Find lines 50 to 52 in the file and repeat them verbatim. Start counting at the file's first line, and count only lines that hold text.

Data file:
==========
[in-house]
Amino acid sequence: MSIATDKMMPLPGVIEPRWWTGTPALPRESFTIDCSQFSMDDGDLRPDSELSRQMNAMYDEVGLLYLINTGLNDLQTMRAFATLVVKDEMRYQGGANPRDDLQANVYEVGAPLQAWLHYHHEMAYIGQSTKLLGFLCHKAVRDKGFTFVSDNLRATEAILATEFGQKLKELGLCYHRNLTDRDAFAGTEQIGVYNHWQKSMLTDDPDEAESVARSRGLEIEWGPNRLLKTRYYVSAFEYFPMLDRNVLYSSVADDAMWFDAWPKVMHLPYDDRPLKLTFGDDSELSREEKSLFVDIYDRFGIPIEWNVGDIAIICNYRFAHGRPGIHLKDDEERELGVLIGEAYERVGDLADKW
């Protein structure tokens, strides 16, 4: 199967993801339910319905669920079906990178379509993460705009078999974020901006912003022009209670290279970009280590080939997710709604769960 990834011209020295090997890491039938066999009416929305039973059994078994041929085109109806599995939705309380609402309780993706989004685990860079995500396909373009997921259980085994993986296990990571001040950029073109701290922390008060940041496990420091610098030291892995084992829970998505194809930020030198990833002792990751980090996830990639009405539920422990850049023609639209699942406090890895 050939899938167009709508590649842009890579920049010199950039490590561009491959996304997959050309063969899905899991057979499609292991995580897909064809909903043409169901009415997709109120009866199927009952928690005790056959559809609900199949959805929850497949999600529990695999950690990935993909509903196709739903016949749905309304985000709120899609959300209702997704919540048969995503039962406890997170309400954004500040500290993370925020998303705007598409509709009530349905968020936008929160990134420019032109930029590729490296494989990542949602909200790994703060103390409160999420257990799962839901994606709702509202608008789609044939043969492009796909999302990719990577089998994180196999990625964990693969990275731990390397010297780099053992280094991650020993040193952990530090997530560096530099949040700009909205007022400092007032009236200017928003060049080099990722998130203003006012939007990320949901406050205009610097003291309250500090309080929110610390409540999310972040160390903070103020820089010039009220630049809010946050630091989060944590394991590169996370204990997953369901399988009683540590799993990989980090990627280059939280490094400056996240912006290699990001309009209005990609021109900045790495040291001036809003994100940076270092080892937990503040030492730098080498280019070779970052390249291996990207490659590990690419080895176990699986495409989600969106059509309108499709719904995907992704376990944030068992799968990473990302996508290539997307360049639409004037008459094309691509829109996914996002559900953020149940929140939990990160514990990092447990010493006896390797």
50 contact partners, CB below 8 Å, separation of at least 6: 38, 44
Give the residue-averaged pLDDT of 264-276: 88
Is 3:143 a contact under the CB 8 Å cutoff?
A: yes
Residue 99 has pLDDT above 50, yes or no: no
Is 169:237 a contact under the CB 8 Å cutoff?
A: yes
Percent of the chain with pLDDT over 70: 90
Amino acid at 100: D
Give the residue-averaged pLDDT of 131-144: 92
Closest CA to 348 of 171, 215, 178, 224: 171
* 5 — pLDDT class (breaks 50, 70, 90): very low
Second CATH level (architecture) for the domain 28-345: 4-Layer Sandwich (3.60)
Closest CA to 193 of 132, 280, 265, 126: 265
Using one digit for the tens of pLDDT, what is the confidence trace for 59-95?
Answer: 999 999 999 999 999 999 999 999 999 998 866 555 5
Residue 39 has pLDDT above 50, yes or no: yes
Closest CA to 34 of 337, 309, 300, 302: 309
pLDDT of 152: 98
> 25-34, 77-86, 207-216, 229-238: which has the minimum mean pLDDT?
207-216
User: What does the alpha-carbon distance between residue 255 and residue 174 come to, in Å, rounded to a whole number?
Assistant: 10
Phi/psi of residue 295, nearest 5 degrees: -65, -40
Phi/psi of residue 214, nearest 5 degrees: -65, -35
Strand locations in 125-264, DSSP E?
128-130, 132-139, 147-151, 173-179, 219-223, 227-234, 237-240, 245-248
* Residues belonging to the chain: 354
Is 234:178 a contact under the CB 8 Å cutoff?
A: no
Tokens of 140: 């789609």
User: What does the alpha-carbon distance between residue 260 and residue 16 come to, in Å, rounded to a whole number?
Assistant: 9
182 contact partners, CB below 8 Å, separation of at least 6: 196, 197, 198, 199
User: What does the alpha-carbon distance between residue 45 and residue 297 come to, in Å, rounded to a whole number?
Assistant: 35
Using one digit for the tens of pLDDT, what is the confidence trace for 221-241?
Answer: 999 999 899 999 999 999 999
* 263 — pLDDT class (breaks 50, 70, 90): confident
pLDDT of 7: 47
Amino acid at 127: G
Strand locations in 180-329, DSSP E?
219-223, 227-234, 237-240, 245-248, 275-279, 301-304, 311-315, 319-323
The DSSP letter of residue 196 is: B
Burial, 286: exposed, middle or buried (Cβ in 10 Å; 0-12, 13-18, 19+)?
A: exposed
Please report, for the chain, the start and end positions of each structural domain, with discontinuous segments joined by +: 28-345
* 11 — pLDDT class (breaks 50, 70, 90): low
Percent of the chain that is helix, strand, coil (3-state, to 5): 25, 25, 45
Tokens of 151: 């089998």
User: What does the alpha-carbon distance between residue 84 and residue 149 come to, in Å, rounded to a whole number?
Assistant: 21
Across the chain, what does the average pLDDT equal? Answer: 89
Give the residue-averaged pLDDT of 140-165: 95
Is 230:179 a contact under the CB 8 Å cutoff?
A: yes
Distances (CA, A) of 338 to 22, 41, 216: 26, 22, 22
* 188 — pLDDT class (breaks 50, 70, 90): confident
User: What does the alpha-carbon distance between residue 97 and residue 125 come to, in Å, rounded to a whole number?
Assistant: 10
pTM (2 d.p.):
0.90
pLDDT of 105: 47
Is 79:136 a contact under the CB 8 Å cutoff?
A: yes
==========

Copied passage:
Please report, for the chain, the start and end positions of each structural domain, with discontinuous segments joined by +: 28-345
* 11 — pLDDT class (breaks 50, 70, 90): low
Percent of the chain that is helix, strand, coil (3-state, to 5): 25, 25, 45